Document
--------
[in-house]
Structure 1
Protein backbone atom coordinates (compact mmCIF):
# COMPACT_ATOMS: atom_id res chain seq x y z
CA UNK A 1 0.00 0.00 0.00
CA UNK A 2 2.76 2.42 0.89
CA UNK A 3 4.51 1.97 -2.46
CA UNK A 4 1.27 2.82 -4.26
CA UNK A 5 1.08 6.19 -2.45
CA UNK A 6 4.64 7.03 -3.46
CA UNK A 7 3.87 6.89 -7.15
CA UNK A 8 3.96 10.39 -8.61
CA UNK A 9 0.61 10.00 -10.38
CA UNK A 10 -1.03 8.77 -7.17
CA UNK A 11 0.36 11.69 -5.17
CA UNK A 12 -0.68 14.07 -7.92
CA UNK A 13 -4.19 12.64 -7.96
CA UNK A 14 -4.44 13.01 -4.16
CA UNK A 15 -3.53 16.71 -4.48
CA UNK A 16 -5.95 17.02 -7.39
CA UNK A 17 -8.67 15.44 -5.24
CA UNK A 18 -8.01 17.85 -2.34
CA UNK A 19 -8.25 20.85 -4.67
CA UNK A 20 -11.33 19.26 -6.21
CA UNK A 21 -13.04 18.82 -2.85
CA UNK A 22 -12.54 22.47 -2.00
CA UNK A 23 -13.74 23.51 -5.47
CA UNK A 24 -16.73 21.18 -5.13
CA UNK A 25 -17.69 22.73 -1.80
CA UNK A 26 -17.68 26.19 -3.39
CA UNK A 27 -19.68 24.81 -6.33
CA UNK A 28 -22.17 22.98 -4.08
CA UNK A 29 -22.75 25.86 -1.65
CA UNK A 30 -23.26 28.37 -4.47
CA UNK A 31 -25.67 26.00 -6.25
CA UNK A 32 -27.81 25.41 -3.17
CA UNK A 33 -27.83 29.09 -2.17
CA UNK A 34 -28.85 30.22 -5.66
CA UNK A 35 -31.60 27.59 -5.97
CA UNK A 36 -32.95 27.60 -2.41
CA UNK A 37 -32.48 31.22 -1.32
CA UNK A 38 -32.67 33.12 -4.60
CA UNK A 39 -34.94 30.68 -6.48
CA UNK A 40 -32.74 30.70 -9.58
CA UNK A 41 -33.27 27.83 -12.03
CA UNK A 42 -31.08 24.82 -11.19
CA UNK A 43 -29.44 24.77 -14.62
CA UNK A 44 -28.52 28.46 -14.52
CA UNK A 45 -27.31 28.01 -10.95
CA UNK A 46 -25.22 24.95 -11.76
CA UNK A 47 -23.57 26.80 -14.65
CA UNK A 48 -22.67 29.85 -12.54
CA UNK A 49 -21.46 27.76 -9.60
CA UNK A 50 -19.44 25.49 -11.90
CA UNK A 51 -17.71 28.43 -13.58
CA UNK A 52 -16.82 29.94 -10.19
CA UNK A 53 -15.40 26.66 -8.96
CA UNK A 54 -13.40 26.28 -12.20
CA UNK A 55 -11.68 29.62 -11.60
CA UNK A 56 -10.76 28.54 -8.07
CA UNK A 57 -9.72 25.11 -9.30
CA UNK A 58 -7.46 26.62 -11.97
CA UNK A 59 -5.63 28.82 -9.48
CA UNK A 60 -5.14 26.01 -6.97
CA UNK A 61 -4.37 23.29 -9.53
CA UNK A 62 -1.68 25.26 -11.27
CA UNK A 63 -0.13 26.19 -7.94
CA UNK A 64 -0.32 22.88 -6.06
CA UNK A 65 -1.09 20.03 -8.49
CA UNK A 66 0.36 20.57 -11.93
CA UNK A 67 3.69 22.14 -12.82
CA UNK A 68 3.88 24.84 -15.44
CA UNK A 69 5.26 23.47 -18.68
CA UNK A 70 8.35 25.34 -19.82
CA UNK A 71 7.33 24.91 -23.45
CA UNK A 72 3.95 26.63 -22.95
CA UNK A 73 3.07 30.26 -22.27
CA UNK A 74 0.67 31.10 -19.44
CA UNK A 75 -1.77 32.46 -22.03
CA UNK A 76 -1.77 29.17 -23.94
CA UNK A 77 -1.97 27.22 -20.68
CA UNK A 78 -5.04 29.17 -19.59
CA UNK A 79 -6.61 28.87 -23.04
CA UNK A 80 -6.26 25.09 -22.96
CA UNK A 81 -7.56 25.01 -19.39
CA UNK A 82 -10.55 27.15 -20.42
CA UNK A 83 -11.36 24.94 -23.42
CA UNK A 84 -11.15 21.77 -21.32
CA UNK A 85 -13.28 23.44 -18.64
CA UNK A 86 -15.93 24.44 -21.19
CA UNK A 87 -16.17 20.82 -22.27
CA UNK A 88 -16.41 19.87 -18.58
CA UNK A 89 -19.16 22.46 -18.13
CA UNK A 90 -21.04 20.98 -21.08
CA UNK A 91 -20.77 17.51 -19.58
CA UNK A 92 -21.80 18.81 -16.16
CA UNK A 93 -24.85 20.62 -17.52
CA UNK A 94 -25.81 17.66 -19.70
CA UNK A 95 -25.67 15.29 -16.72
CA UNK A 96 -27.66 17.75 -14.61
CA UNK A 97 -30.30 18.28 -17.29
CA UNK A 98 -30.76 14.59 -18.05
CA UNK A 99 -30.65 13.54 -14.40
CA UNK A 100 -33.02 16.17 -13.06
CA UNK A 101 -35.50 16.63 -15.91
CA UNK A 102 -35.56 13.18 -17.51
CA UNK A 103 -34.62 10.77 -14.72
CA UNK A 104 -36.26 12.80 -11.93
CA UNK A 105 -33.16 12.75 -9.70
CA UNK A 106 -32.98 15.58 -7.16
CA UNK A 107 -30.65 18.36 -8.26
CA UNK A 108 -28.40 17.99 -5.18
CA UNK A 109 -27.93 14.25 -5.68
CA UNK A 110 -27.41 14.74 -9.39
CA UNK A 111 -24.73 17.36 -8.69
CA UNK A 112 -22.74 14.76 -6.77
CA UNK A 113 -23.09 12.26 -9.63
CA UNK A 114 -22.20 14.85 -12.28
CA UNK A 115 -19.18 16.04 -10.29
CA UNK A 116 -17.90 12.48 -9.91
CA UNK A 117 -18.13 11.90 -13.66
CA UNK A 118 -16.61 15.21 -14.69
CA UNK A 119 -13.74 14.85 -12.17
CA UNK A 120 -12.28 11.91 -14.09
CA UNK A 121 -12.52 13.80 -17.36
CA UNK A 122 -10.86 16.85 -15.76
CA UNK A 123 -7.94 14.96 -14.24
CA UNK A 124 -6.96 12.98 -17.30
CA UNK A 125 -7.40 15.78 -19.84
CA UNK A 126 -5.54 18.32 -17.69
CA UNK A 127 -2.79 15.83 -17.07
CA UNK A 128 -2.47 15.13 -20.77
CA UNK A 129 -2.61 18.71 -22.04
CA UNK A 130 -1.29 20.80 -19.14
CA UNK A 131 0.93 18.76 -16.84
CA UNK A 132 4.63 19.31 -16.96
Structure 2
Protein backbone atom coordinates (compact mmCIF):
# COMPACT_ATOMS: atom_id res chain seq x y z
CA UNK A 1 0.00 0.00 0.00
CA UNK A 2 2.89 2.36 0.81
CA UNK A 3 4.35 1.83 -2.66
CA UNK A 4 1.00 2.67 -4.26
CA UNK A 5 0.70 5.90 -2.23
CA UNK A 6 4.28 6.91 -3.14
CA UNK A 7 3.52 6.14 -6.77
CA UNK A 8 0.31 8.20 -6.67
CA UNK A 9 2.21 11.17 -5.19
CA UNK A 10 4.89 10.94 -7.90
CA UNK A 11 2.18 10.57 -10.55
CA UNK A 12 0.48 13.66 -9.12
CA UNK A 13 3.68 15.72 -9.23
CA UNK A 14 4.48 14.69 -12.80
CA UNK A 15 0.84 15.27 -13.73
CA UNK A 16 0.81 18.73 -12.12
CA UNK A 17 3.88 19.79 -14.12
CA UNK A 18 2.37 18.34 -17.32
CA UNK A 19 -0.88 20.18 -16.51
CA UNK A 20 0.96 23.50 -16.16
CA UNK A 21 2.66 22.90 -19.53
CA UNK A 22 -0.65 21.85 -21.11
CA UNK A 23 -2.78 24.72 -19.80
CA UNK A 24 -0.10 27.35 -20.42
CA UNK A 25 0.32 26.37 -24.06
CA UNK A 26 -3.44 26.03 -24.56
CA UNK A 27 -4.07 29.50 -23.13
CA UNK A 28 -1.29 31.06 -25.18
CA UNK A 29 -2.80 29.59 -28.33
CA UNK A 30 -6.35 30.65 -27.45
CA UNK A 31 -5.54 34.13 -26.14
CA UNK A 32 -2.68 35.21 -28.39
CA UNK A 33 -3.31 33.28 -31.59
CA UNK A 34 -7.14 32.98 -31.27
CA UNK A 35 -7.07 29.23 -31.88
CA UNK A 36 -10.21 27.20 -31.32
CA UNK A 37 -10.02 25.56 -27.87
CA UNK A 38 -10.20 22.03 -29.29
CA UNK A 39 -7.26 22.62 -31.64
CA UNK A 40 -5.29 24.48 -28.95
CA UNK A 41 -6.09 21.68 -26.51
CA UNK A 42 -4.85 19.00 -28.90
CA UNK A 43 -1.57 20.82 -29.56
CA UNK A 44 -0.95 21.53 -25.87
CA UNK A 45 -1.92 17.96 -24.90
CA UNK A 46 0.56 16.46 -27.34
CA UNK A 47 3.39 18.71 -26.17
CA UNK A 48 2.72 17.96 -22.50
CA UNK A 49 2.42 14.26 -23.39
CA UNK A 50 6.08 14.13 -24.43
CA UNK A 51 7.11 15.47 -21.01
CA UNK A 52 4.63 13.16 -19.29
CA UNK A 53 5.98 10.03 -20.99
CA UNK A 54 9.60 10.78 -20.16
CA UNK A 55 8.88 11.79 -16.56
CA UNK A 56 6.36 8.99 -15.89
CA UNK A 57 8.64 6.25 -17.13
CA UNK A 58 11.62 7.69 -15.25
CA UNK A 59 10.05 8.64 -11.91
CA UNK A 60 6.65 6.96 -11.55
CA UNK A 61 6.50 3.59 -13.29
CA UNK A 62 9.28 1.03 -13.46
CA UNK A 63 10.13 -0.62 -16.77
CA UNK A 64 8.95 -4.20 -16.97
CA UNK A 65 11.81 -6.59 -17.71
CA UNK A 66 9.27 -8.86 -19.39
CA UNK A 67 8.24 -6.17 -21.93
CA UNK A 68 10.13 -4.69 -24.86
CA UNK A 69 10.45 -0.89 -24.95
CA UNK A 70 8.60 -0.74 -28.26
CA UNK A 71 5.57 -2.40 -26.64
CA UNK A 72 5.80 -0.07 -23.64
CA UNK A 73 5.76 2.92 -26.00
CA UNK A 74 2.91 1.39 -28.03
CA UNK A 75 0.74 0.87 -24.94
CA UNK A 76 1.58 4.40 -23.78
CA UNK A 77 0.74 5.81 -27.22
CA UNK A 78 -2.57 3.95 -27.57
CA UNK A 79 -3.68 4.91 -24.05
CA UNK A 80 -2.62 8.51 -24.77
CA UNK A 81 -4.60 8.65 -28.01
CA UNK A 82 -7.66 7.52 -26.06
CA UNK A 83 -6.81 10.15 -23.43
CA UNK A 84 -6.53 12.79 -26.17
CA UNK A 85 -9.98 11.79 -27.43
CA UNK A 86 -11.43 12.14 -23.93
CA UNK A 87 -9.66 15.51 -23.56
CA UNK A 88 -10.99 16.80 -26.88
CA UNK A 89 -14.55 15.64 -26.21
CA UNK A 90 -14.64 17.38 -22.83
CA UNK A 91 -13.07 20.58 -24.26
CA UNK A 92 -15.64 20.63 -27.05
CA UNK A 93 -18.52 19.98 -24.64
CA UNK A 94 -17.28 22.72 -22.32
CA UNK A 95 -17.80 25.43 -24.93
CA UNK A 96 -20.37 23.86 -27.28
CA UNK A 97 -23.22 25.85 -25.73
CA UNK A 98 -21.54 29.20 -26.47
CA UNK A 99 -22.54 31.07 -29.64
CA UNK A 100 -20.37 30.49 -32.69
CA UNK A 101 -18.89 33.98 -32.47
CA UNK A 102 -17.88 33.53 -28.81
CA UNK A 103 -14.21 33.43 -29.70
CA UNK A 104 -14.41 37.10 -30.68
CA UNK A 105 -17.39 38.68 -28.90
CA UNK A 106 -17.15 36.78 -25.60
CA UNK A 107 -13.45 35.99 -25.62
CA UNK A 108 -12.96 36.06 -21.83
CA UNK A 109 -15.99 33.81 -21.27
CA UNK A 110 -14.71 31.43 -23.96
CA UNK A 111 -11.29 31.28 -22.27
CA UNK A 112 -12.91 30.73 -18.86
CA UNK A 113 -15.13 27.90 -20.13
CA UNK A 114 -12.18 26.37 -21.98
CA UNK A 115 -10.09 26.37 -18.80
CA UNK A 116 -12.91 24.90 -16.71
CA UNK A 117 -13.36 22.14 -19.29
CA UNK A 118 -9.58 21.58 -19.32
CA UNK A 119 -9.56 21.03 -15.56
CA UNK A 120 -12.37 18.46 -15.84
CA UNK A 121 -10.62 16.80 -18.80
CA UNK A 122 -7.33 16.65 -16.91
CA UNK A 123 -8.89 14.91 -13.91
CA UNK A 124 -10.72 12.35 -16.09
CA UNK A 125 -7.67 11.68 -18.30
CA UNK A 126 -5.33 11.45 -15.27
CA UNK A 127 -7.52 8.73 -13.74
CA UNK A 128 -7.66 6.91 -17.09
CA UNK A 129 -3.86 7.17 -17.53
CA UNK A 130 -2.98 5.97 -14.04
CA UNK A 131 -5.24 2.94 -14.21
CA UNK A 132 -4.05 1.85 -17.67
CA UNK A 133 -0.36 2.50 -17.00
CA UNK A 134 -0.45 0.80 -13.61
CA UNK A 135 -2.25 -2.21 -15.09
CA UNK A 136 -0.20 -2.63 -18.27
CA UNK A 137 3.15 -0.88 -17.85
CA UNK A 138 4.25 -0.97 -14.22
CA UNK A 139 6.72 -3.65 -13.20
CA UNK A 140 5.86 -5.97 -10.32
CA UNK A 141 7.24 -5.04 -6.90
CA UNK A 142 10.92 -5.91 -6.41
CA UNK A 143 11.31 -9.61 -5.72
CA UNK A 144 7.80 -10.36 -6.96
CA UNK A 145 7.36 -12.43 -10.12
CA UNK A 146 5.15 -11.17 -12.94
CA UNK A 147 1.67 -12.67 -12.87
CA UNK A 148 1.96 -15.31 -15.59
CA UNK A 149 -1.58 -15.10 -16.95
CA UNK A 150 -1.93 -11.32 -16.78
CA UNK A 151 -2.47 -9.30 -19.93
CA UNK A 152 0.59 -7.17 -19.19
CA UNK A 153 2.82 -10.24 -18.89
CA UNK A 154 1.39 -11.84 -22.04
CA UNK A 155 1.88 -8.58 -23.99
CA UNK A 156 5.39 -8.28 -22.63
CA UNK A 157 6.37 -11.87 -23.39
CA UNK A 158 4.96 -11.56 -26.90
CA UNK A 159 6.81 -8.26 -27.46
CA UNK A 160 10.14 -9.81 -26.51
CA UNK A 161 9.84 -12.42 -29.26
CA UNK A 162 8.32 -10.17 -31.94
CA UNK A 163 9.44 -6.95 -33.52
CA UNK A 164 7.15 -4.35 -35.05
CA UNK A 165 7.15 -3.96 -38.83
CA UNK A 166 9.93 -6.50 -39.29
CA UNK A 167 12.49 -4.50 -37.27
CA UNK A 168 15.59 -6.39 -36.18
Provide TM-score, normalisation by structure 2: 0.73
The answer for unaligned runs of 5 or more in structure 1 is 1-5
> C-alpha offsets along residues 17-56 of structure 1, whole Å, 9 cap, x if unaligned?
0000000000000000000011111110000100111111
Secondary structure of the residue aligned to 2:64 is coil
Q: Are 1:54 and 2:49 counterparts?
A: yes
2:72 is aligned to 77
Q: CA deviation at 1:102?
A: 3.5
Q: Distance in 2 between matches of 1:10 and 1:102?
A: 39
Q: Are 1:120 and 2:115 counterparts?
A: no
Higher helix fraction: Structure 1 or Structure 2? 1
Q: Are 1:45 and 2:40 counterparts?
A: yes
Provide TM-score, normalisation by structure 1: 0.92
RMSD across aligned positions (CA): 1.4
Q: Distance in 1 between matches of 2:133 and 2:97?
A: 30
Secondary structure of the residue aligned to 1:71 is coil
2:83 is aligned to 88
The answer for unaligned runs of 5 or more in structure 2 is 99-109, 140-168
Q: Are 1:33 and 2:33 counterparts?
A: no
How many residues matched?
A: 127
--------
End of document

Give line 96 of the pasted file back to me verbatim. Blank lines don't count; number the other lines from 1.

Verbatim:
CA UNK A 92 -21.80 18.81 -16.16